Soil matters. The decision made at the Rio+20 conference to develop a set of Sustainable Development Goals (SDGs) and the agreement ‘to strive to achieve a land degradation neutral world in the context of sustainable development’ gave momentum to discussions on the role of soils in the global sustainable development agenda. This is now, at least partially, reflected and anchored in SDG goal #15, ‘Sustainably manage forests, combat desertification, halt and reverse land degradation, halt biodiversity loss.’
In addition to this, in 2015 the French Government launched its “4 per 1000” initiative, aimed at making agriculture a solution in addressing climate change while also advancing food and nutrition security. Agronomic techniques, including for example Sustainable Intensification practices, can sequester carbon from the atmosphere – at an average rate of four-thousandths of the existing carbon stock in the soil.
The quality and amount of soils’ humus (decayed organic matter) and its soil organic carbon (SOC) are a key determinant of soil quality and crop productivity. When the concentration of SOC falls below a certain threshold, key soil properties are adversely affected inhibiting plant growth. Increasing the amount of humus and SOC in the soil requires adding nitrogen (N) and other plant nutrients, such as phosphate (P) and sulphur (S) in order for the transformation of biomass carbon into SOC to occur.
Conventional means of soil management often cause more harm than good, while organic approaches are sometimes too demanding of labour, reliant on scarce or unavailable inputs and insufficient to produce the yields required to move people out of poverty and achieve food security. Part of the solution is to combine the best of organic and conventional approaches in a way that is environmentally appropriate and sustainable. This includes bringing nutrients to the soil in from the outside to improve the SOC, either through livestock manure, the prudent use of inputs, such as the microdosing of fertilisers, or cultivation of legumes.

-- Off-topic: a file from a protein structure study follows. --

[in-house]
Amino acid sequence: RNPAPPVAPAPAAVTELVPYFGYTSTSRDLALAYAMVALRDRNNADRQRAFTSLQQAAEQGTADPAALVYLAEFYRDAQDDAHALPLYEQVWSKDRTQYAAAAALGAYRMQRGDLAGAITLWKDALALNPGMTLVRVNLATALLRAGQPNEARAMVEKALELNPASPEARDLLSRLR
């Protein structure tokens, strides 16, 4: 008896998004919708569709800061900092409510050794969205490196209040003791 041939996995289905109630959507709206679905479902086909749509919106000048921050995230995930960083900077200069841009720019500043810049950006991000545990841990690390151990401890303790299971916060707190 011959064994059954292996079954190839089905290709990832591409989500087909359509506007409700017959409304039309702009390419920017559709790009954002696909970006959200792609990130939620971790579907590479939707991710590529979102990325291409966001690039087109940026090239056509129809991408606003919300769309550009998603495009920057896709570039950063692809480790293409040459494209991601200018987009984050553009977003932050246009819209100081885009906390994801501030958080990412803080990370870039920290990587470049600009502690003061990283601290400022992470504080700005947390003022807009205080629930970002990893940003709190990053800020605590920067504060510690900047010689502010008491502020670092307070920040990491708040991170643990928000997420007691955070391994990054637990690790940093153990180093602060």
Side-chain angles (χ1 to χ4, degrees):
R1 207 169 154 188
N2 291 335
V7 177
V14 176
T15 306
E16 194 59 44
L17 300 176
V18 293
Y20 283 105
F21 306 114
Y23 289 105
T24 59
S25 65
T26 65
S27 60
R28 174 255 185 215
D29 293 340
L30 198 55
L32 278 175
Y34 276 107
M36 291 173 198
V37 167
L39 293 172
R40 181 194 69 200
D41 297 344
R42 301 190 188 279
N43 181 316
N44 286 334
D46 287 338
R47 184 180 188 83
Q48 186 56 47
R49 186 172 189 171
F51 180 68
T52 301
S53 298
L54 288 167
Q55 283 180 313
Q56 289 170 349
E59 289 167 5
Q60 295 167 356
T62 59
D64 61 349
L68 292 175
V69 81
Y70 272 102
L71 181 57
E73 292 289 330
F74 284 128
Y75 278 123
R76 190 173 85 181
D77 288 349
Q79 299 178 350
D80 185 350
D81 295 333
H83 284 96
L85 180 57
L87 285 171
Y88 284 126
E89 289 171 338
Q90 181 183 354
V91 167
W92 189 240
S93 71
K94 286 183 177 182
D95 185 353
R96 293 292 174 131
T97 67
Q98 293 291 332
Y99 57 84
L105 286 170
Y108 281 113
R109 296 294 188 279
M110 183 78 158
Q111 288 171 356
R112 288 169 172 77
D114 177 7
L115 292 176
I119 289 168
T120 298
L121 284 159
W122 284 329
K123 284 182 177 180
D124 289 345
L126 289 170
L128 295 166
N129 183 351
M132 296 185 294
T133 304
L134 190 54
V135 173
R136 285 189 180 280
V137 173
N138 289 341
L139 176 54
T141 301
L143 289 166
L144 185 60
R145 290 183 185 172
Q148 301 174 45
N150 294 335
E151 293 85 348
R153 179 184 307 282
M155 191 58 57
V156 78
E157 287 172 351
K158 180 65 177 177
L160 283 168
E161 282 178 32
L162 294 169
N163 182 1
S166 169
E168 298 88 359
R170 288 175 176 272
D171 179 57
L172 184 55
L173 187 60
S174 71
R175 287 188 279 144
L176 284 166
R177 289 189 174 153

Engaging with smallholders
Smallholder farmers can contribute through their willingness to adopt new agricultural practices that bring multiple benefits in the short and longer term. This willingness must be nurtured with strong political leadership, substantial investment in infrastructure, education and training and the provision of new technologies.
Improved land management practices will not only make farmers more resilient in the face of weather shocks and climatic stresses, but will also significantly contribute to climate change mitigation efforts. Globally, the soil contains about 1,500Gt of organic carbon: more than double the amount of carbon in the atmosphere and three times that in plants, animals and micro-organisms. The cumulative historic loss from ploughing and mining the soil’s humus is between 50Gt and 78Gt.
The process of carbon sequestration – adding more organic matter to the soil than decays – however, can help to minimise atmospheric greenhouse gas (GHG) levels. For example, agroforestry systems can capture carbon in the range of two to four tonnes per hectare per year – an order of magnitude higher than conservation farming.
In practice, effective sequestration depends on the available technologies, the soil texture and structure, climatic conditions, the farming system and associated practices of soil management. Whilst there are many successful small-scale projects, taking sequestration to scale can be rather challenging. There are difficulties in measuring both the pre-existing carbon in the soil and ongoing levels. As a consequence technical skills are essential but often limited. There are also likely to be significant institutional barriers linked to issues such as determining land rights, monitoring and ensuring compliance and finally paying farmers for sequestering carbon in their soil – payment for ecosystem services (PES).
Setting the right incentives
Farmers can and will undertake actions that have co-benefits for mitigation, but they need to be provided with the right incentives such as PES, land rights, improved knowledge and training. Paying farmers or landowners to better manage their land or watersheds, to conserve biodiversity or to sequester carbon have been shown to help conserve and restore forest areas and aquifers.
For example, in order to improve soil quality and to support local livelihoods, Niger has embraced a set of wide-ranging approaches which has helped restore arable land and increase farmers’ capacity to withstand droughts.
As global leaders work to agree on a new international climate agreement, let us hope they will remember that soil holds the key not only to improving agricultural productivity, but also to increasing the resilience of millions of vulnerable smallholder farmers, whilst making significant contributions to climate mitigation.
Blog first published on the Grantham Institute blog in 2015 here. The opinions represented in this blog do not necessarily reflect those of individual Malabo Montpellier Panel members and their organisations.